Urban ponds can be oases for diving beetles

Maintaining a diverse range of ponds and wetland habitats is important for preserving aquatic biodiversity in urban regions.

Urban wetlands are teeming with life. In addition to frogs and newts, there are many invertebrate species that thrive in ponds, rainwater basins and even seasonal urban wetlands in the middle of the hustle and bustle of city life.

Diving beetles are a common sight in urban ponds, and several species can generally be found.

"There are not as many diving beetle species in urban ponds as in rural environments, but the beetles can still be plentiful. Urbanisation does not seem to reduce the capacity of ponds to support diving beetles, as the number of individuals was similar to that in rural ponds. However, some species are less tolerant of urban environments," says Wenfei Liao from the Faculty of Biological and Environmental Sciences, University of Helsinki.

When the researchers sampled 14 fishless ponds and 11 ponds with fish at ten sites in the Helsinki Metropolitan Area, they found 39 species of diving beetles, or dytiscids, which is about 40 per cent of the dytiscid species known from the Uusimaa Region.

Happy together with fish? Not always!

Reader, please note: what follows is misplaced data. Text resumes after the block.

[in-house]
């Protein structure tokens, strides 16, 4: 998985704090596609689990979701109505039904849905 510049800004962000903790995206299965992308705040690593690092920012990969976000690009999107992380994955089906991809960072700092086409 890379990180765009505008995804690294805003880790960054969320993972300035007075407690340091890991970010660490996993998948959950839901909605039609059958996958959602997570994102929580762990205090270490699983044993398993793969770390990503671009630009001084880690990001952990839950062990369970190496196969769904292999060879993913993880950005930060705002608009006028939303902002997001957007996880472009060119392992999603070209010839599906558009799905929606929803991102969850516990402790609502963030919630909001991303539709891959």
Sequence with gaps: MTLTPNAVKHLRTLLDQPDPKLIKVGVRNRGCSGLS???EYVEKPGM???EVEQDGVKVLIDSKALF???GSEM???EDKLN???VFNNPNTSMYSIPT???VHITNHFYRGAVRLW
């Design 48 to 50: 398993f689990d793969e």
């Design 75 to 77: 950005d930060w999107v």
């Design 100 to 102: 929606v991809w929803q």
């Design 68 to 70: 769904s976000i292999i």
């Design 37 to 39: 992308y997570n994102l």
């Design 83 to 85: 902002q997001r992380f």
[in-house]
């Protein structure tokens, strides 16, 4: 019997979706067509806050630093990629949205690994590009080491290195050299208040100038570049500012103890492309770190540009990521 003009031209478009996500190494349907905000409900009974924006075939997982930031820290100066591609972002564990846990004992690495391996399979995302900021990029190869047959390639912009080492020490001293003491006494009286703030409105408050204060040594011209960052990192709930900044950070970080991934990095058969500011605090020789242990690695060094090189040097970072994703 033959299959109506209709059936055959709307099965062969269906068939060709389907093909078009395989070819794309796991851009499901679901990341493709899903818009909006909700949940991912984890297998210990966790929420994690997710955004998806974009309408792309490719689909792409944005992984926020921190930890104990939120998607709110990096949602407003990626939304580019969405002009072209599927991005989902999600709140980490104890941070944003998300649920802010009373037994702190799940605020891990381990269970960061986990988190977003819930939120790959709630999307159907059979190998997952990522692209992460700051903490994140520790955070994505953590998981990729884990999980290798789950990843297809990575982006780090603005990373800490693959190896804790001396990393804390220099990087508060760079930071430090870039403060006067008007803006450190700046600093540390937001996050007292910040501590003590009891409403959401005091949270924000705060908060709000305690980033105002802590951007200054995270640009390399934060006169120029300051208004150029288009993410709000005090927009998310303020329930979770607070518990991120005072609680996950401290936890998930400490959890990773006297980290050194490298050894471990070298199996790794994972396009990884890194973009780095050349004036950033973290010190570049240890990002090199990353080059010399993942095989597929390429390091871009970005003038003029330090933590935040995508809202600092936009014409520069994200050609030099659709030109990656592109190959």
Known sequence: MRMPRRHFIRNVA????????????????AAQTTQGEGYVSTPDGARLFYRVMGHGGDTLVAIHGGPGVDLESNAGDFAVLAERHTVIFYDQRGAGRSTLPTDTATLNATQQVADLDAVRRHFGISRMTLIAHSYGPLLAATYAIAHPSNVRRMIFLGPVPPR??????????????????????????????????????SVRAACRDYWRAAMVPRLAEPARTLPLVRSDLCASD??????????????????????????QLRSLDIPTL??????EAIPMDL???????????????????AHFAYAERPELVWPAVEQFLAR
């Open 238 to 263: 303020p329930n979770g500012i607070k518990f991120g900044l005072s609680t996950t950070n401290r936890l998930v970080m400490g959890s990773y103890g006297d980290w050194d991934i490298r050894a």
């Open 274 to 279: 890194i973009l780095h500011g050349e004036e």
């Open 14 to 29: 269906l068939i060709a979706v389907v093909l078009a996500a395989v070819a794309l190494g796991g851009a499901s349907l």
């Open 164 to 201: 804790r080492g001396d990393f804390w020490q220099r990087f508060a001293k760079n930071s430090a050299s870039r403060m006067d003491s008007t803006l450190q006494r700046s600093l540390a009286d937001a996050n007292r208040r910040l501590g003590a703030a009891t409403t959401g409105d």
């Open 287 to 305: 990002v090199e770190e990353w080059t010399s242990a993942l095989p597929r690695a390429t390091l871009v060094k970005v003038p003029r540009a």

The results show that diving beetles and fish can share a pond, but only the medium to large-sized diving beetle species manage to co-exist with insect-eating fish such as pike, tench, or carp.

"So, ponds with insect-eating fish have a different diving beetle species composition than fishless ponds. And ponds with gently sloping margins provide cover for different kinds of diving beetles and other macroinvertebrates."


Urban Ecology research group
Wenfei Liao’s blog


Wenfei Liao, Stephen Venn and Jari Niemelä. Environmental determinants of diving beetle assemblages (Coleoptera: Dytiscidae) in an urban landscape. Biodiversity and Conservation https://doi.org/10.1007/s10531-020-01977-9


How can we ensure that diving beetles and other aquatic insects can thrive in urban ponds?

•    Provide gently sloping pond margins
•    Retain vegetated and soft, rather than hard, margins
•    Maintain some open habitat near the ponds, so that flying insects can easily move from one pond to another
•    Maintain some seasonal wetlands that exclude fish, as they are detrimental to many aquatic invertebrates
•    In ponds with insect-eating fish, ensure that there are shallow margins and vegetation, which provides protective cover for diving beetles and other macroinvertebrates